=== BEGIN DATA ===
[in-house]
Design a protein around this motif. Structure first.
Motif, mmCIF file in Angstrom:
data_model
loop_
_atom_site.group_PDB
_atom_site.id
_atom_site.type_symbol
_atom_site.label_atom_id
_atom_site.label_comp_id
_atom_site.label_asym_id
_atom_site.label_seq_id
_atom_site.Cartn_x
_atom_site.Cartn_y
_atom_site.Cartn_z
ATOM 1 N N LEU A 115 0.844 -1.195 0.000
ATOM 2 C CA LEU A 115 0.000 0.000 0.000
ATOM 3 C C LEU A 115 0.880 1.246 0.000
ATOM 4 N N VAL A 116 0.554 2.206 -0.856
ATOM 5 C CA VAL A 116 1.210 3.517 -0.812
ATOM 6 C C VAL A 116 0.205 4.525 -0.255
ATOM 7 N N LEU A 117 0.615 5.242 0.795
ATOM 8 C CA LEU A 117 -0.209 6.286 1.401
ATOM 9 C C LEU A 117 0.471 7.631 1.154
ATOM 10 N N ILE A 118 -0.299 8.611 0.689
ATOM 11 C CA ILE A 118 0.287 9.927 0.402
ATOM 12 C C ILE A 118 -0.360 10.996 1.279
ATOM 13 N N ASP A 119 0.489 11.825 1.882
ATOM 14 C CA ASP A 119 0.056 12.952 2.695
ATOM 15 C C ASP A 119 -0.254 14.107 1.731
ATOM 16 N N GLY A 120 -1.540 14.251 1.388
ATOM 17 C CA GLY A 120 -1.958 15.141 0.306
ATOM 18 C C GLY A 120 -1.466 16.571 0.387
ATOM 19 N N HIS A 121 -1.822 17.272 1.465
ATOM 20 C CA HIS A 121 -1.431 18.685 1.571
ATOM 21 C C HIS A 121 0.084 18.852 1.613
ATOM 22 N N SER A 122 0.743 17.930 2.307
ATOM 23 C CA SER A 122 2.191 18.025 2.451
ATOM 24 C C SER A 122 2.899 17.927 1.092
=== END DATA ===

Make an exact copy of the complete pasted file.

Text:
[in-house]
Design a protein around this motif. Structure first.
Motif, mmCIF file in Angstrom:
data_model
loop_
_atom_site.group_PDB
_atom_site.id
_atom_site.type_symbol
_atom_site.label_atom_id
_atom_site.label_comp_id
_atom_site.label_asym_id
_atom_site.label_seq_id
_atom_site.Cartn_x
_atom_site.Cartn_y
_atom_site.Cartn_z
ATOM 1 N N LEU A 115 0.844 -1.195 0.000
ATOM 2 C CA LEU A 115 0.000 0.000 0.000
ATOM 3 C C LEU A 115 0.880 1.246 0.000
ATOM 4 N N VAL A 116 0.554 2.206 -0.856
ATOM 5 C CA VAL A 116 1.210 3.517 -0.812
ATOM 6 C C VAL A 116 0.205 4.525 -0.255
ATOM 7 N N LEU A 117 0.615 5.242 0.795
ATOM 8 C CA LEU A 117 -0.209 6.286 1.401
ATOM 9 C C LEU A 117 0.471 7.631 1.154
ATOM 10 N N ILE A 118 -0.299 8.611 0.689
ATOM 11 C CA ILE A 118 0.287 9.927 0.402
ATOM 12 C C ILE A 118 -0.360 10.996 1.279
ATOM 13 N N ASP A 119 0.489 11.825 1.882
ATOM 14 C CA ASP A 119 0.056 12.952 2.695
ATOM 15 C C ASP A 119 -0.254 14.107 1.731
ATOM 16 N N GLY A 120 -1.540 14.251 1.388
ATOM 17 C CA GLY A 120 -1.958 15.141 0.306
ATOM 18 C C GLY A 120 -1.466 16.571 0.387
ATOM 19 N N HIS A 121 -1.822 17.272 1.465
ATOM 20 C CA HIS A 121 -1.431 18.685 1.571
ATOM 21 C C HIS A 121 0.084 18.852 1.613
ATOM 22 N N SER A 122 0.743 17.930 2.307
ATOM 23 C CA SER A 122 2.191 18.025 2.451
ATOM 24 C C SER A 122 2.899 17.927 1.092